• Hardin J.
      • Weis W.I.
      A conserved phosphorylation switch controls the interaction between cadherin and β-catenin in vitro and in vivo.
      ,
      • Choi H.J.
      • Huber A.H.
      • Weis W.I.
      Thermodynamics of β-catenin-ligand interactions: the roles of the N- and C-terminal tails in modulating binding affinity.
      ,
      • Daugherty R.L.
      • Gottardi C.J.
      Phospho-regulation of β-catenin adhesion and signaling functions.
      • David M.D.
      • Yeramian A.
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      • Comella J.X.
      • Herreros J.
      Signalling by neurotrophins and hepatocyte growth factor regulates axon morphogenesis by differential β-catenin phosphorylation.
      ,
      • Lilien J.
      • Balsamo J.
      • Arregui C.
      • Xu G.
      Turn-off, drop-out: functional state switching of cadherins.
      ,
      • Piedra J.
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      • Castaño J.
      • Pálmer H.G.
      • Heisterkamp N.
      • García de Herreros A.
      • Duñach M.
      p120 Catenin-associated Fer and Fyn tyrosine kinases regulate β-catenin Tyr-142 phosphorylation and β-catenin-α-catenin interaction.
      ,
      • Roura S.
      • Miravet S.
      • Piedra J.
      • García de Herreros A.
      • Duñach M.
      Regulation of E-cadherin/catenin association by tyrosine phosphorylation.
      • Xu G.
      • Craig A.W.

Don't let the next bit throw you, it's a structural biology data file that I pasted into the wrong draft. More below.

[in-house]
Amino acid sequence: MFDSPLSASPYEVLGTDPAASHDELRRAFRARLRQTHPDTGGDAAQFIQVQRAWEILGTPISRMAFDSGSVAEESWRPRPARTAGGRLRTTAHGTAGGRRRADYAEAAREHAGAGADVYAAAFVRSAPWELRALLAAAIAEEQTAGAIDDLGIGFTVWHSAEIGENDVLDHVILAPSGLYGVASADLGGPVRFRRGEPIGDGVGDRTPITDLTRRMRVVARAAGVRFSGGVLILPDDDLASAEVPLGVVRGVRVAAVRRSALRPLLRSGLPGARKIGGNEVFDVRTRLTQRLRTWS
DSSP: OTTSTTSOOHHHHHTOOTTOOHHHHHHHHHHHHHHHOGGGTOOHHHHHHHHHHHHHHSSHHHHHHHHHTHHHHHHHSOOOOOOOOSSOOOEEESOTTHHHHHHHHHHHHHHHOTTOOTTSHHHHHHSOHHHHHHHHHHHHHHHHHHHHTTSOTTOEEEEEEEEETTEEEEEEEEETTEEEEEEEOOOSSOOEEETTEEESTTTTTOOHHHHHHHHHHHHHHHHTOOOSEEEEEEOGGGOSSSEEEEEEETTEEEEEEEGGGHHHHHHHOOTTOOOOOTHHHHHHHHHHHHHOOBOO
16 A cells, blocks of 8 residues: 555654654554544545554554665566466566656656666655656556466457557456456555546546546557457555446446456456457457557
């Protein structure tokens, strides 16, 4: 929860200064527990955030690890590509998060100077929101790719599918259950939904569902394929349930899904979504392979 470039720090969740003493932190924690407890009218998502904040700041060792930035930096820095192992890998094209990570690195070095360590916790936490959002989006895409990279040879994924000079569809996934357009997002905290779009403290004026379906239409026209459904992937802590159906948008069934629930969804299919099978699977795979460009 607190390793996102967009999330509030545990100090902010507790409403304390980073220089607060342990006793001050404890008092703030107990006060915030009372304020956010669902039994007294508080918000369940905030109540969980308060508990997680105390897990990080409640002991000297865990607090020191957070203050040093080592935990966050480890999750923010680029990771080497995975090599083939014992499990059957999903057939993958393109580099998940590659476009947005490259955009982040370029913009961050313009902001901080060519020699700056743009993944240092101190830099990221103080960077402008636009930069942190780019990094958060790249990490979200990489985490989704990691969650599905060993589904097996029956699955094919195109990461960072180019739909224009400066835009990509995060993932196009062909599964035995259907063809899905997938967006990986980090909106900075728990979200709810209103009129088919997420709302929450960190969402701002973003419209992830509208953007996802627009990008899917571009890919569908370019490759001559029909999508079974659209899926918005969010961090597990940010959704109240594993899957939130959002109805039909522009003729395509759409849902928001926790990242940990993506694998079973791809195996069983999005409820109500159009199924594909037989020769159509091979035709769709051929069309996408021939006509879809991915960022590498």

• Greer P.
      • Miller M.
      • Anastasiadis P.Z.
      • Lilien J.
      • Balsamo J.
      Continuous association of cadherin with β-catenin requires the non-receptor tyrosine-kinase Fer.
      ), such modifications represent a potential mechanism for regulating junctional stability. In particular, perturbing phosphorylation of key residues in E-cadherin and β-catenin has been shown to alter adhesion in cultured cells (
      • Müller T.
      • Choidas A.
      • Reichmann E.
      • Ullrich A.
      Phosphorylation and free pool of β-catenin are regulated by tyrosine kinases and tyrosine phosphatases during epithelial cell migration.
      • Rhee J.
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      • Arregui C.
      • Lilien J.
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      Activation of the repulsive receptor roundabout inhibits N-cadherin-mediated cell adhesion.
      ,
      • Taddei M.L.
      • Chiarugi P.
      • Cirri P.
      • Buricchi F.
      • Fiaschi T.
      • Giannoni E.
      • Talini D.
      • Cozzi G.
      • Formigli L.
      • Raugei G.
      • Ramponi G.
      β-Catenin interacts with low-molecular-weight protein tyrosine phosphatase leading to cadherin-mediated cell–cell adhesion increase.
      • McEwen A.E.
      • Maher M.T.
      • Mo R.
      • Gottardi C.J.
      E-cadherin phosphorylation occurs during its biosynthesis to promote its cell surface stability and adhesion.
      ) and to modify junctional morphology during embryonic development (
      • Choi H.J.
      • Loveless T.
      • Lynch A.M.
      • Bang I.
      • Hardin J.
      • Weis W.I.